Hi Pat - in the UK it is very common for pups to go to their new homes at 7/8 weeks - and thats all breeds, reputable breeders, and the not so reputable too. Certainly any younger is questionable. I appreciate there are conflicting views about the benefits of this, but it is certainly more common over here to get your pup at 8 weeks than at 10 or more.

I would certainly recommend a behaviourist - perhaps look at some of the John Rogerson Associates? if you let me know which area of England you are i could maybe assist in pointing you towards someone. If you already have a behaviourist in your local area or have one recommended by your vet - check their credentials - there are a lot of franchises set up claiming to be dog behaviourists when in fact they know little or nothing about dogs - i know, because a friend of a friend became one - he had only owned a dog for 4 years(which incidentally bit everyone it met and still does to this day) and yet he is taking money to give advise on other peoples problems.. hmph.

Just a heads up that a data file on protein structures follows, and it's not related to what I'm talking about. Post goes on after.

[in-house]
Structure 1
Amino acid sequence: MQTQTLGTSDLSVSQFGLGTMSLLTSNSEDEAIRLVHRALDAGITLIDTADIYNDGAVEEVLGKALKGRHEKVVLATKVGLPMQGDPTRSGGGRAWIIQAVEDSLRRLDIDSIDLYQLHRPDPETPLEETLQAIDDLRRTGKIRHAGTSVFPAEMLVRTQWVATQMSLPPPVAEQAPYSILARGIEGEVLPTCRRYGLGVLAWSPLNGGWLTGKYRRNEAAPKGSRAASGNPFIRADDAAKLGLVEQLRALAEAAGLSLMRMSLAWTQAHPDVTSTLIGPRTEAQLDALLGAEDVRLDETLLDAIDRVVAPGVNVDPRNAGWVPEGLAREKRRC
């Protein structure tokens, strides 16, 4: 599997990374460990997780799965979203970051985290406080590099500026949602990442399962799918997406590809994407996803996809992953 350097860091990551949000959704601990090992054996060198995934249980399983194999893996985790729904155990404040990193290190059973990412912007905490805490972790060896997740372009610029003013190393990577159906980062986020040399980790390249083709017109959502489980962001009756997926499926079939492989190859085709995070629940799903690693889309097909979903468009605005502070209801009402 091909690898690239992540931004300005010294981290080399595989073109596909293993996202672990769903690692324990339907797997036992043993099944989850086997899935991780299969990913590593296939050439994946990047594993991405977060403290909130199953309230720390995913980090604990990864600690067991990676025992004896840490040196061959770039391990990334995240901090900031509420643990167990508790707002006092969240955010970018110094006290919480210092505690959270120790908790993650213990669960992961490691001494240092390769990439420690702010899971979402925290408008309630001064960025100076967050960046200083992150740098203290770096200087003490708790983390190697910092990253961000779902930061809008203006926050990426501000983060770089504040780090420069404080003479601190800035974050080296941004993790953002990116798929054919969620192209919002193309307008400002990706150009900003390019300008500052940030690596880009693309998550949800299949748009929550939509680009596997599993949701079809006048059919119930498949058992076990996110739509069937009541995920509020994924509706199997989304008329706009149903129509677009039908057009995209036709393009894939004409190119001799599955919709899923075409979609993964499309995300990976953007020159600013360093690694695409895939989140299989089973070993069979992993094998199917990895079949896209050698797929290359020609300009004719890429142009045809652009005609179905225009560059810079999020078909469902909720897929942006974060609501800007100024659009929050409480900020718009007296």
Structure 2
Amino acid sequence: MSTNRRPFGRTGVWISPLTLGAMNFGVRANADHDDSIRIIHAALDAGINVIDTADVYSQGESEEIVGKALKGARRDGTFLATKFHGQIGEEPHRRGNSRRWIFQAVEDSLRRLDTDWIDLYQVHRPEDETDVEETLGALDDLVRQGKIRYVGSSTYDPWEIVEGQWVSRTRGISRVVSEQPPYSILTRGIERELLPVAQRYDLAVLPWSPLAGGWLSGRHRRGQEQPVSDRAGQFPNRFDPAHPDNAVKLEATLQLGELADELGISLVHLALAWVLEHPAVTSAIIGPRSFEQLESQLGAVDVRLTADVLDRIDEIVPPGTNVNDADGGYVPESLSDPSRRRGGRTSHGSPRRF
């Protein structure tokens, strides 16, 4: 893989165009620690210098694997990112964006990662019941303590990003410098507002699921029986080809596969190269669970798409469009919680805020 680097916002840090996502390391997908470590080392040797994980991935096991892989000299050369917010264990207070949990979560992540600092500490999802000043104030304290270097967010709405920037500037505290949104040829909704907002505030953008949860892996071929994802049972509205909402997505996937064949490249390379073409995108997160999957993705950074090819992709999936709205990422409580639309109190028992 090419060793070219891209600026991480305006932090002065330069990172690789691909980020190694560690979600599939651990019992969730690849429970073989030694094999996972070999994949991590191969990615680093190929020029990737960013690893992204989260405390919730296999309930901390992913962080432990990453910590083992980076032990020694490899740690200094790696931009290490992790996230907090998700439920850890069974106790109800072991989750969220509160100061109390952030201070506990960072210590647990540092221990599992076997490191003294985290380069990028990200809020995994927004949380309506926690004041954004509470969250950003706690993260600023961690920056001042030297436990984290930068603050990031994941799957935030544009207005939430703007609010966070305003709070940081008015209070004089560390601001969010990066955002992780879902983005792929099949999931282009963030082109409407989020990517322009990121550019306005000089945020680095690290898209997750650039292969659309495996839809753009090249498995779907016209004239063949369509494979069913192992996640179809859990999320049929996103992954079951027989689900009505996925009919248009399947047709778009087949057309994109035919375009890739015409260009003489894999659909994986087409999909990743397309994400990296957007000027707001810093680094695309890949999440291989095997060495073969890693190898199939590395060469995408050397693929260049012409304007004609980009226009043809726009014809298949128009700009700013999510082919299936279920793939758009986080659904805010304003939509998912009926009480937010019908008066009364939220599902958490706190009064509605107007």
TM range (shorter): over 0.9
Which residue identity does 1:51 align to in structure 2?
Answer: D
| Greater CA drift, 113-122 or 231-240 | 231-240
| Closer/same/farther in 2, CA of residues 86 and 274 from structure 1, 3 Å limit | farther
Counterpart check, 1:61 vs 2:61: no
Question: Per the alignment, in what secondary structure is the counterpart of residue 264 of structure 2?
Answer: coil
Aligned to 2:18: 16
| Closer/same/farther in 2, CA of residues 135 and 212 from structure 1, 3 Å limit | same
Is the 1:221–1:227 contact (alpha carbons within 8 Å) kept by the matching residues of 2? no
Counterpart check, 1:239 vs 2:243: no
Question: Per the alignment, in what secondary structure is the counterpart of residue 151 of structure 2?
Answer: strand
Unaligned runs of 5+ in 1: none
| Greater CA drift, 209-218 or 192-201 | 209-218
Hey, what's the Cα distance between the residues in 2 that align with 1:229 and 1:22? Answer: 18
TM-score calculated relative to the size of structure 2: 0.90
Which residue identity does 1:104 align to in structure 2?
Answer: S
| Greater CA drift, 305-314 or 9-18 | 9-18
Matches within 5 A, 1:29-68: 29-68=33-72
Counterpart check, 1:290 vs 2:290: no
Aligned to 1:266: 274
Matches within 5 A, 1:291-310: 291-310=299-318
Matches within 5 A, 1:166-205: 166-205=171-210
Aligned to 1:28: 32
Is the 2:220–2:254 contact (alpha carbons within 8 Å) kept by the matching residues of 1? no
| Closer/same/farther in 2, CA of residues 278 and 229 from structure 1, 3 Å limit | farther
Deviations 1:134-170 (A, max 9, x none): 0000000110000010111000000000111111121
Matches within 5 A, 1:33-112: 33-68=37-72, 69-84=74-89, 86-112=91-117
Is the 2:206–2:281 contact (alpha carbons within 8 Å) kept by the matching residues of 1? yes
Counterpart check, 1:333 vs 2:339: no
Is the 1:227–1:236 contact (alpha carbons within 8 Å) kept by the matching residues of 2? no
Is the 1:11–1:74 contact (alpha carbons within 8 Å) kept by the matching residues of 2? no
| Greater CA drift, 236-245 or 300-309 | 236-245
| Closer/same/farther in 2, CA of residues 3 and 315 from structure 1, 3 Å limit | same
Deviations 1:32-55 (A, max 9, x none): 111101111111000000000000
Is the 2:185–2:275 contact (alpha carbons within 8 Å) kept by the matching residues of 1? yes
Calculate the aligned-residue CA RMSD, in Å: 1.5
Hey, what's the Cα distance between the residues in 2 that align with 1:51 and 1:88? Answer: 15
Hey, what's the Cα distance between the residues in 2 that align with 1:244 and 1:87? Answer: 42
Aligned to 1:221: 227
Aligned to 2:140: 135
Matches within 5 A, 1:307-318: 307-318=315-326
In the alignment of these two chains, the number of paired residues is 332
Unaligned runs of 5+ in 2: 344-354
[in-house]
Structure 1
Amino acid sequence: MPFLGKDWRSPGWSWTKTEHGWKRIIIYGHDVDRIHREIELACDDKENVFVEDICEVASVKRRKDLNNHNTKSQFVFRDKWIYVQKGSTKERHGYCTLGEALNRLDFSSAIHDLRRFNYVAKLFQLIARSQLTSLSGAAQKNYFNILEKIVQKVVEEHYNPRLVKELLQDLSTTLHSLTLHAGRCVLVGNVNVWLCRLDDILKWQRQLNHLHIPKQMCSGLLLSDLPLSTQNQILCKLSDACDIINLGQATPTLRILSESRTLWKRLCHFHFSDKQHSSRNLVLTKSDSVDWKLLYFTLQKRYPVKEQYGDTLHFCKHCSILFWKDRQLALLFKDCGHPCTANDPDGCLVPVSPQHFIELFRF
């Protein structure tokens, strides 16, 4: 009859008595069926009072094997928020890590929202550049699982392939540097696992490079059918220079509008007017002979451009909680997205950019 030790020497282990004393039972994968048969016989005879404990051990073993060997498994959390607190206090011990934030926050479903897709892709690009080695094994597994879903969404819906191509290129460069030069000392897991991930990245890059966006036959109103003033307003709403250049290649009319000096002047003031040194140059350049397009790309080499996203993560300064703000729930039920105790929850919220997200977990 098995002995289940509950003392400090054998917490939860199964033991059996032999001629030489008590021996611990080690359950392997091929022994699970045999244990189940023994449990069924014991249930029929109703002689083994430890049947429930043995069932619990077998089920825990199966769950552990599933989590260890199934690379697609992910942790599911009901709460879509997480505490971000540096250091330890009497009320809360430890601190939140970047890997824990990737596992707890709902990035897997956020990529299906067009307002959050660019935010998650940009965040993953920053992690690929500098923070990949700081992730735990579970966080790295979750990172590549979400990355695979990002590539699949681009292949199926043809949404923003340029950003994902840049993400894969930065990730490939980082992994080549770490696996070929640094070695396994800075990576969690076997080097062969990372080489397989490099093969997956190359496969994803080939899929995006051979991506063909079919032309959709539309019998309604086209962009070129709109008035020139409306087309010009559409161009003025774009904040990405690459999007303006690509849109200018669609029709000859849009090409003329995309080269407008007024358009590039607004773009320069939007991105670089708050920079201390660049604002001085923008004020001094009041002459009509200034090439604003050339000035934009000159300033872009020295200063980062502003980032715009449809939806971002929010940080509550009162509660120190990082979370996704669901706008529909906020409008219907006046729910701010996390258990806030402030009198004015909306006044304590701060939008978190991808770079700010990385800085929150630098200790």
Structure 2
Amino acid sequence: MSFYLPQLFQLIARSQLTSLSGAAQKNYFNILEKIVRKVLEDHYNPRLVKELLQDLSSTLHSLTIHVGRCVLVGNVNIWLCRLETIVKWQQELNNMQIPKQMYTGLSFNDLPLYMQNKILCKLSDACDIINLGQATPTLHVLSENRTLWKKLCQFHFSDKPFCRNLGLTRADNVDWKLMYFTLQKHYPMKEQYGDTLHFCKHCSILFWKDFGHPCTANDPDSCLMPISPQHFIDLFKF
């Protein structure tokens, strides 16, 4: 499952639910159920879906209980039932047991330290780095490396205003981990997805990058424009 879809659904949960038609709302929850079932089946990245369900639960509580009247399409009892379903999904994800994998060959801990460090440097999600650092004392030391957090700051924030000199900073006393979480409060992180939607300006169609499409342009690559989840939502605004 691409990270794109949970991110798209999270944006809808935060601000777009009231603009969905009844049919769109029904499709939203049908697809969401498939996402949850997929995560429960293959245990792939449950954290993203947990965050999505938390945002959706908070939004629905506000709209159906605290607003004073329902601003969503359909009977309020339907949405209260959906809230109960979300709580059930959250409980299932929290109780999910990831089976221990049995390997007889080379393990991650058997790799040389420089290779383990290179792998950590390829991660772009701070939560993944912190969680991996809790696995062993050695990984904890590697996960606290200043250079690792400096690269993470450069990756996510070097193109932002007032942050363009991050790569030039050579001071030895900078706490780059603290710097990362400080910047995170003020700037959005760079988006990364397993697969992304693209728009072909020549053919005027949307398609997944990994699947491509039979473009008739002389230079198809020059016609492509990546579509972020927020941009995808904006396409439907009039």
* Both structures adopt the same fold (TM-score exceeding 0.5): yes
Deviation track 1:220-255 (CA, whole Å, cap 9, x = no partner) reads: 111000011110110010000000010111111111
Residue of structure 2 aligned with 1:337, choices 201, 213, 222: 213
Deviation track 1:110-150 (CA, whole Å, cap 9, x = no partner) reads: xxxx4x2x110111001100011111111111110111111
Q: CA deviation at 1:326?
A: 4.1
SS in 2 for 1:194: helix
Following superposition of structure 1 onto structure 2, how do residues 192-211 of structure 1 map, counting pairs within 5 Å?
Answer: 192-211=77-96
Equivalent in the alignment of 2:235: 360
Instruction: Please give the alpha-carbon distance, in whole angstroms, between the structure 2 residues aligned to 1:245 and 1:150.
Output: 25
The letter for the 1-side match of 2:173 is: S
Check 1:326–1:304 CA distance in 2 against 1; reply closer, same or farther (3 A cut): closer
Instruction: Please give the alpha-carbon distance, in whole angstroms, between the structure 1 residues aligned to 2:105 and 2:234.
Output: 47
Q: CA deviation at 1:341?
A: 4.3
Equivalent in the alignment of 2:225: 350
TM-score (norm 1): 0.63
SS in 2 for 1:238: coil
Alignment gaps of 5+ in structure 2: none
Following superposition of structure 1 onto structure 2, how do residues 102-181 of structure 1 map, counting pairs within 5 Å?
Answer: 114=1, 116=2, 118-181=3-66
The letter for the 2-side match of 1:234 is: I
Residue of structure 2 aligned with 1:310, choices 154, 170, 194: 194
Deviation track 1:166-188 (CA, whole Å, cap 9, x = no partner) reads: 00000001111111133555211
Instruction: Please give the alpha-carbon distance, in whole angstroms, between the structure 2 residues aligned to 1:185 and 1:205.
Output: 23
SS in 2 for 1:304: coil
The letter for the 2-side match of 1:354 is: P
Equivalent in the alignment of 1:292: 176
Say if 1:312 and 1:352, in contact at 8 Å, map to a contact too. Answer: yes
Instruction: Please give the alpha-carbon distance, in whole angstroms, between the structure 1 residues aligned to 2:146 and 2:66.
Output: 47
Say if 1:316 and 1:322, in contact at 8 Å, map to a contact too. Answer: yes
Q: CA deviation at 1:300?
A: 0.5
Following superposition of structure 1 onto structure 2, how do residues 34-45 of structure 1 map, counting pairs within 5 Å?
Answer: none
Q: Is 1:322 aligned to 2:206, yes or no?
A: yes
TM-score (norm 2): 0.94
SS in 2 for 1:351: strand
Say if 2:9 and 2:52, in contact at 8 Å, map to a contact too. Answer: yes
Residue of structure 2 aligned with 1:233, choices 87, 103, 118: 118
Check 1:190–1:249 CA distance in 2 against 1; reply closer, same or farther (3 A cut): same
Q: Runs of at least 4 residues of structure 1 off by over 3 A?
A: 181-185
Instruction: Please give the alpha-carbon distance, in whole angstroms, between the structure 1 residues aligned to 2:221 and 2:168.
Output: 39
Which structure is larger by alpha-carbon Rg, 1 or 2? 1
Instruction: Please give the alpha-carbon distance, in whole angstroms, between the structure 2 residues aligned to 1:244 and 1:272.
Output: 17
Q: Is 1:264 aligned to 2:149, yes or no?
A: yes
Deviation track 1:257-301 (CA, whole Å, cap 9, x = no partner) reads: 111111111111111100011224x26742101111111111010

@Elscodobermann:

Hi Pat - in the UK it is very common for pups to go to their new homes at 7/8 weeks - and thats all breeds, reputable breeders, and the not so reputable too. Certainly any younger is questionable. I appreciate there are conflicting views about the benefits of this, but it is certainly more common over here to get your pup at 8 weeks than at 10 or more.